The workplace of the future: What will change?
Luke McKee / February 13, 2015
Is the workplace that we know now going to last well into the future? Or are there changes on the horizon that will change the way the workplace looks forever.
It seems that the latter is going to happen, as more and more companies switch to new and innovative work spaces that promote collaboration. With developing technologies more and more employees are choosing to work from home, where productivity rises, but collaboration falls. The difficulty that work spaces face is the opposite, how do you create a collaborative atmosphere without sacrificing peoples ability to focus? The future of the workplace seems to be one that is convivial, one that promotes collaboration in an open concept space that makes employees happy to come to work.
With the focus on employee well-being becoming more prominent, it is becoming clear that cubicle farms are not the most effective way to foster a productive and collaborative environment. Each worker is isolated individually and ideas are harder to share due to a lack of a physical space that encourages the sharing of information. The corner office and cubicle style of office that was prominent for a long time seems to becoming less the norm as new work spaces begin to develop. Organizations such as Google and Facebook have famously developed a new style of workplace that is based around sharing and collaboration, but these organizations remain the exception thus far, with other organizations reluctant to join the movement.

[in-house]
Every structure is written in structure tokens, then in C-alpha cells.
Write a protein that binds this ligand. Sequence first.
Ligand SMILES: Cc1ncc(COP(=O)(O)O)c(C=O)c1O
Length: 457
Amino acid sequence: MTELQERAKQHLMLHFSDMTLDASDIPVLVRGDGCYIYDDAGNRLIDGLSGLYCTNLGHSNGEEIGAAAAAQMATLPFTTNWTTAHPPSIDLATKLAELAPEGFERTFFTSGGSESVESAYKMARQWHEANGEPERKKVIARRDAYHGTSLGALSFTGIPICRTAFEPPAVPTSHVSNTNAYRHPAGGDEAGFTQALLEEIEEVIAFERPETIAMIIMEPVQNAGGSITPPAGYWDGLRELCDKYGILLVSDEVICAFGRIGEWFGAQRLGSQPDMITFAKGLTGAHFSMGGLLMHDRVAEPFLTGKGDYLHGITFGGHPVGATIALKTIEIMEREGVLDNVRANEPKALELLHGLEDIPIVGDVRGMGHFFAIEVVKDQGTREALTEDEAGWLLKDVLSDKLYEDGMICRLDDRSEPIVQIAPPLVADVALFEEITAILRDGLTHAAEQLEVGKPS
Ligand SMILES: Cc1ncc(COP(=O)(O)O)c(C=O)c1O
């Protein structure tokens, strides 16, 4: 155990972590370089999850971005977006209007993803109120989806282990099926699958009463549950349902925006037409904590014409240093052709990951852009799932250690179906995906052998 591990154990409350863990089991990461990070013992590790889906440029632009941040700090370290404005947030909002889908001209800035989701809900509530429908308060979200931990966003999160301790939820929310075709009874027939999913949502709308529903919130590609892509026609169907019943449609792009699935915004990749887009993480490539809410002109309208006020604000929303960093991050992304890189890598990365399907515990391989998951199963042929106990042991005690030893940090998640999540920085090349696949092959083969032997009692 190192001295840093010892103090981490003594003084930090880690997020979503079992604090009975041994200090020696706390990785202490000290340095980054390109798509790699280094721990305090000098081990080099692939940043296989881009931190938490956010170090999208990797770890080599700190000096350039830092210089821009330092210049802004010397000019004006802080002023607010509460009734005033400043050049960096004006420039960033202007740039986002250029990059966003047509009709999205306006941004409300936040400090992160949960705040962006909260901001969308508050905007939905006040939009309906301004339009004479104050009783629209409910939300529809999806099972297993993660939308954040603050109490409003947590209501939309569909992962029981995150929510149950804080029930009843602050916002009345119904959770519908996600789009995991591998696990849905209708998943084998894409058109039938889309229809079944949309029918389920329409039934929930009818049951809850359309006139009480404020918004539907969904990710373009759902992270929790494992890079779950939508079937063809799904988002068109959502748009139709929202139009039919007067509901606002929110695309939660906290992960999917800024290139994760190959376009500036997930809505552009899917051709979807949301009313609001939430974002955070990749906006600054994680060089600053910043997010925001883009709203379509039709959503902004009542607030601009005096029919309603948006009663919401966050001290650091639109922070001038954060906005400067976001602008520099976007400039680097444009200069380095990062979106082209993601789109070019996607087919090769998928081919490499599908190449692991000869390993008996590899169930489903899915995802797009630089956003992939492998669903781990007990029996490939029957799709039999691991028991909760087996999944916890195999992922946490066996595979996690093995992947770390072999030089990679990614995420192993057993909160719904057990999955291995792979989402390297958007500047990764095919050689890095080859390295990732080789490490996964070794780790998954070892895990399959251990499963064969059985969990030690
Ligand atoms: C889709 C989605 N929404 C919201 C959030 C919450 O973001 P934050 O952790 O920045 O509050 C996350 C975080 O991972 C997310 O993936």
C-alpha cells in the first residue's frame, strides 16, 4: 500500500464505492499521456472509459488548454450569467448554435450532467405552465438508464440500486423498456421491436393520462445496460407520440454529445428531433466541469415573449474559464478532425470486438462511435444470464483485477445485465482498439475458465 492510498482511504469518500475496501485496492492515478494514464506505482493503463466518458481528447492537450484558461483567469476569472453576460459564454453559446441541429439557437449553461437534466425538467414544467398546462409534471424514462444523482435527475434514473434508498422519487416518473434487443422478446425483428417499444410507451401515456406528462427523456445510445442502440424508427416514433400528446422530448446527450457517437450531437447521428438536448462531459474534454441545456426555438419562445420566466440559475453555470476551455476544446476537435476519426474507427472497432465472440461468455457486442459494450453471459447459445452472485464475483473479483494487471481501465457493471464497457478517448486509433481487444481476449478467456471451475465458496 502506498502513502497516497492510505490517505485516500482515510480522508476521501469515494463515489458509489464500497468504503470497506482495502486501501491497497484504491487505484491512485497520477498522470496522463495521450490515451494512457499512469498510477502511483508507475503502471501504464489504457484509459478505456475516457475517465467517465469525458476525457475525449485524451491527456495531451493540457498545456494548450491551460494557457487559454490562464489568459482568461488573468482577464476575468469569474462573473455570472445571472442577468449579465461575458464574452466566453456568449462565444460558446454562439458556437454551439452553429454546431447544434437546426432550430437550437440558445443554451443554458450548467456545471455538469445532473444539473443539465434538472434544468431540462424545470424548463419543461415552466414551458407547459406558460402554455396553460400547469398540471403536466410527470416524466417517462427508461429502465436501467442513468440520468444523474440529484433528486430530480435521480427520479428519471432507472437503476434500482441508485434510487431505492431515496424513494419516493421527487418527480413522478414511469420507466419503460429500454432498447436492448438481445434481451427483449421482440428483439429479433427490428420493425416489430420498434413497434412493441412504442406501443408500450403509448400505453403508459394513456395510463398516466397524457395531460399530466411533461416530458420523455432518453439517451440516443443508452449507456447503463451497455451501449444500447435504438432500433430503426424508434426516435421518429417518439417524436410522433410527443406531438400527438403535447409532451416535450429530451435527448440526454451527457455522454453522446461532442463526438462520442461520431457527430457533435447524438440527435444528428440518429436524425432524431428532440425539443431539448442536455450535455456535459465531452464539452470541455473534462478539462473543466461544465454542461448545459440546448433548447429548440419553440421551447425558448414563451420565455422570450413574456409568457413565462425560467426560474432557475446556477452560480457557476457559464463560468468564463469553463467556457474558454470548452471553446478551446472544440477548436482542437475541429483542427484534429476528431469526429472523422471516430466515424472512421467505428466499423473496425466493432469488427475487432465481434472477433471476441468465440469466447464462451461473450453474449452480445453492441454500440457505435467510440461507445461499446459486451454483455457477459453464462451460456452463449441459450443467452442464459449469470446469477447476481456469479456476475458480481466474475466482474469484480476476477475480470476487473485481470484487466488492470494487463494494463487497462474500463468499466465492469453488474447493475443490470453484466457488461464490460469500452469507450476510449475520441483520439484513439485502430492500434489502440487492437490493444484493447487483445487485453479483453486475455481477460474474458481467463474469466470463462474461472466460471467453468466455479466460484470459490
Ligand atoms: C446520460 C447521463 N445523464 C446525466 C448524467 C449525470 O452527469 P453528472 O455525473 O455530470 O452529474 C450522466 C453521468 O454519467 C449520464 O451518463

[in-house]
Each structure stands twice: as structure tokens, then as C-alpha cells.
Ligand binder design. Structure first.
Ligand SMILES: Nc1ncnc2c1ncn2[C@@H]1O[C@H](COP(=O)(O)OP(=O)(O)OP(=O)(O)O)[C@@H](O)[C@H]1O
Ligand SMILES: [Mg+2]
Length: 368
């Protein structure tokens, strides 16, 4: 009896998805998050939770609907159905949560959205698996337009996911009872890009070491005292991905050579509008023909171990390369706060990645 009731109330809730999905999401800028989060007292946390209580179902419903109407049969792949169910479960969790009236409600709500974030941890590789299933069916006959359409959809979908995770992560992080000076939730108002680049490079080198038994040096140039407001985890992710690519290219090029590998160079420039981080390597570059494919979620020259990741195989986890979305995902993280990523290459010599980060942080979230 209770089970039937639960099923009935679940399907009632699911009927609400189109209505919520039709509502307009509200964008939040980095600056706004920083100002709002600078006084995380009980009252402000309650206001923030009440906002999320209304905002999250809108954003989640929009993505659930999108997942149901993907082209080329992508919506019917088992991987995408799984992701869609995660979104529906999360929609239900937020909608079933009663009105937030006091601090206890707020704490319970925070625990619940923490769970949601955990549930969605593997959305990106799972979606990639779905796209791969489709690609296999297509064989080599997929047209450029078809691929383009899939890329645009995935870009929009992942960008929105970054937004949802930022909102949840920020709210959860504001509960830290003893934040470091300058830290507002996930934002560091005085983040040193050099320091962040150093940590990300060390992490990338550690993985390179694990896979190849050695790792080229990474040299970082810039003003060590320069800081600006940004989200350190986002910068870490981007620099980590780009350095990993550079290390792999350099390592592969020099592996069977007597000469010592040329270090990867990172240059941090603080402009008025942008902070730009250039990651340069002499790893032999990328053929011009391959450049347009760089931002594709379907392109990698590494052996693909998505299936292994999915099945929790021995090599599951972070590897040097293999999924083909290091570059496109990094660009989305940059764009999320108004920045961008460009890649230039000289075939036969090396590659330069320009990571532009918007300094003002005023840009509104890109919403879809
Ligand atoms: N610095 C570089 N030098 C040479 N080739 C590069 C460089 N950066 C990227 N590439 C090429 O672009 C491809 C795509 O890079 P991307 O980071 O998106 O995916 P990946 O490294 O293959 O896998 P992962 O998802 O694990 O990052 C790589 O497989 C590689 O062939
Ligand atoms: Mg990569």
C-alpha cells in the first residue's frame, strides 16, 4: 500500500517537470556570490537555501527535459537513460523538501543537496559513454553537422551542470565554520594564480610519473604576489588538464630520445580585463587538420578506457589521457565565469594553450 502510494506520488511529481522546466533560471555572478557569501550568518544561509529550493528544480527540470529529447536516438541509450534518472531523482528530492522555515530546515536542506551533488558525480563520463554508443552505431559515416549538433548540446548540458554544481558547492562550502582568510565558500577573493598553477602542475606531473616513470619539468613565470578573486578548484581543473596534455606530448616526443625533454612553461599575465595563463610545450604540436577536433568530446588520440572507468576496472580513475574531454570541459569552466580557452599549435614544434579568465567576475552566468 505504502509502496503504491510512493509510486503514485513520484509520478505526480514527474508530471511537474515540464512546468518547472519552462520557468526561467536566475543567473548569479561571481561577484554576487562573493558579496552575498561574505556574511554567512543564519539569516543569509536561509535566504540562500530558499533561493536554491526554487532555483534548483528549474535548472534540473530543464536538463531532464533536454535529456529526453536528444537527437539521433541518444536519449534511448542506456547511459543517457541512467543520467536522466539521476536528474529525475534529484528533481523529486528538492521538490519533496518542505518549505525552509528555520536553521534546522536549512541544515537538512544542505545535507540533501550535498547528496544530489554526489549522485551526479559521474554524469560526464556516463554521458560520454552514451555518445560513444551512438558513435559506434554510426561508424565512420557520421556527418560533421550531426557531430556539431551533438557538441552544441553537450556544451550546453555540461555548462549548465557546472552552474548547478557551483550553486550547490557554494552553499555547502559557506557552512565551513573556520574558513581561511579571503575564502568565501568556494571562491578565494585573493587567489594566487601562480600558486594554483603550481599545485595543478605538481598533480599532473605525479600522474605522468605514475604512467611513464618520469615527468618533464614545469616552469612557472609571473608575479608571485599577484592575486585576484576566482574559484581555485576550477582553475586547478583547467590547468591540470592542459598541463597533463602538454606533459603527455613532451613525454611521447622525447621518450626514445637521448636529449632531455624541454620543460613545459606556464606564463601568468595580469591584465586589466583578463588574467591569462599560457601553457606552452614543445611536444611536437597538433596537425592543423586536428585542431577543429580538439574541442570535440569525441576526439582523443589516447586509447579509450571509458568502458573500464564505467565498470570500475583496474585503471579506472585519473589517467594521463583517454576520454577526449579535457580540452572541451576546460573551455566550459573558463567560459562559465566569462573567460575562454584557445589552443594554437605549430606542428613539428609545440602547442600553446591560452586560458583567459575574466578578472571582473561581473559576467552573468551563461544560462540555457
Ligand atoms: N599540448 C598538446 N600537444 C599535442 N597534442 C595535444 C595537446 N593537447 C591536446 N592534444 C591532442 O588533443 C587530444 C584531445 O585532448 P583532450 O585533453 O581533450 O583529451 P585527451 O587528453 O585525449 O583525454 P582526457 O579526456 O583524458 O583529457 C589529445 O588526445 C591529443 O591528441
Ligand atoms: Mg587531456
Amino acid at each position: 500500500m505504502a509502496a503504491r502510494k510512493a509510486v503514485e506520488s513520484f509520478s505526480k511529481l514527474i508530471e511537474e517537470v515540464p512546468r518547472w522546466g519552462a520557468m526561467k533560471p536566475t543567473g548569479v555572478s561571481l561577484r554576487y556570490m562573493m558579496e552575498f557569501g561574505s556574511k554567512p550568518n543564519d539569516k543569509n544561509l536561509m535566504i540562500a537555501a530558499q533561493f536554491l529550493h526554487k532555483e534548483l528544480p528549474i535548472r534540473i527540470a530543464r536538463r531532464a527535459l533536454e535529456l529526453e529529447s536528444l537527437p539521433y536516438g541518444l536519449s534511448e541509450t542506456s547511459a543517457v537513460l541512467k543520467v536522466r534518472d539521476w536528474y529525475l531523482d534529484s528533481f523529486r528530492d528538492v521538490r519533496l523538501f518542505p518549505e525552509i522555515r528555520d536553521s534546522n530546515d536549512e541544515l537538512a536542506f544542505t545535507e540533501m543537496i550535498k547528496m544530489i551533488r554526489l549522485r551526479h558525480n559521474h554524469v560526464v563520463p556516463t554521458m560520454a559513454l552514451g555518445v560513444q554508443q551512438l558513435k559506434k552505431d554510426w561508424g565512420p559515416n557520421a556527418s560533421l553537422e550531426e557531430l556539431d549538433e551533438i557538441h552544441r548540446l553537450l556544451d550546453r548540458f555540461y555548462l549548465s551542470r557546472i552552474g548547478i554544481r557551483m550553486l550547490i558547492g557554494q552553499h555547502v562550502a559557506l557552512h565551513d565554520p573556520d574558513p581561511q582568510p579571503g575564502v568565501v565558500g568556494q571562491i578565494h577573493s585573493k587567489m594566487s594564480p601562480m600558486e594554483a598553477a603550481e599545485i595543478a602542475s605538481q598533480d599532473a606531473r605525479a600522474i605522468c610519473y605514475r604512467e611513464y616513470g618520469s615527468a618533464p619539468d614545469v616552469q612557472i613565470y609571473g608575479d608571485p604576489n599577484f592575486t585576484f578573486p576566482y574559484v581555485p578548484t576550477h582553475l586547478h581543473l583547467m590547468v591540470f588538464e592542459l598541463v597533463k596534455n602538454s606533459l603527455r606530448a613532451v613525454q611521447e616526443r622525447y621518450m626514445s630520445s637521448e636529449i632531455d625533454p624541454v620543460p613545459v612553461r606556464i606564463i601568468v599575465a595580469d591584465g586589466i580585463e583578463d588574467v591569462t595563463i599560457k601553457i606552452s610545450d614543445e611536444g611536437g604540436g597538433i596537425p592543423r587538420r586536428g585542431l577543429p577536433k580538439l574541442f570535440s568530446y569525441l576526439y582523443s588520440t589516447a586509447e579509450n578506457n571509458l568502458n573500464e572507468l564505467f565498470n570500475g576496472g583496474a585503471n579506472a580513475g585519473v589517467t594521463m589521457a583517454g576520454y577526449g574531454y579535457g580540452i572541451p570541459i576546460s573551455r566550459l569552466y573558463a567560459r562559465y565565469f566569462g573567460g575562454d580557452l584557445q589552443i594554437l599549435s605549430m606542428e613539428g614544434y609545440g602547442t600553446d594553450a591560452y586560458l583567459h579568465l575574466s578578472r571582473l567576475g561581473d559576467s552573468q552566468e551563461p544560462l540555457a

Also a focus of these two organization’s work spaces is that they also include work amenities. Offices of the future will have to feature in-house cooks and gyms in order to attract and retain talent. Work space developer, M Moser Associates, predicts that future work spaces will resemble the trendy coffee shops and bars of today. More and more employees are looking for purpose and meaning from their employment, beyond the traditional material gains that used to drive the workplace. The expectation of purpose and enjoyment means that workers expect their workplace to be an experience, a place that is appealing to come to. More and more companies are recognizing the importance of this and are moving towards open concept work spaces.
The battle of course is finding the right design where an open floor plan is collaborative, without becoming social and distracting. While companies, and workers, and keen to move to open concept floor plans, the early results suggests that the wrong design can be harmful for productivity. The goal it seems is to find an open floor plan that structures in some isolated spaces and rooms where employees can go.
So what will the work place of the future look like? Will it be completely open or will it have offices? Nobody knows for sure, but it certainly seems to be moving towards a much different design than what we know exists today.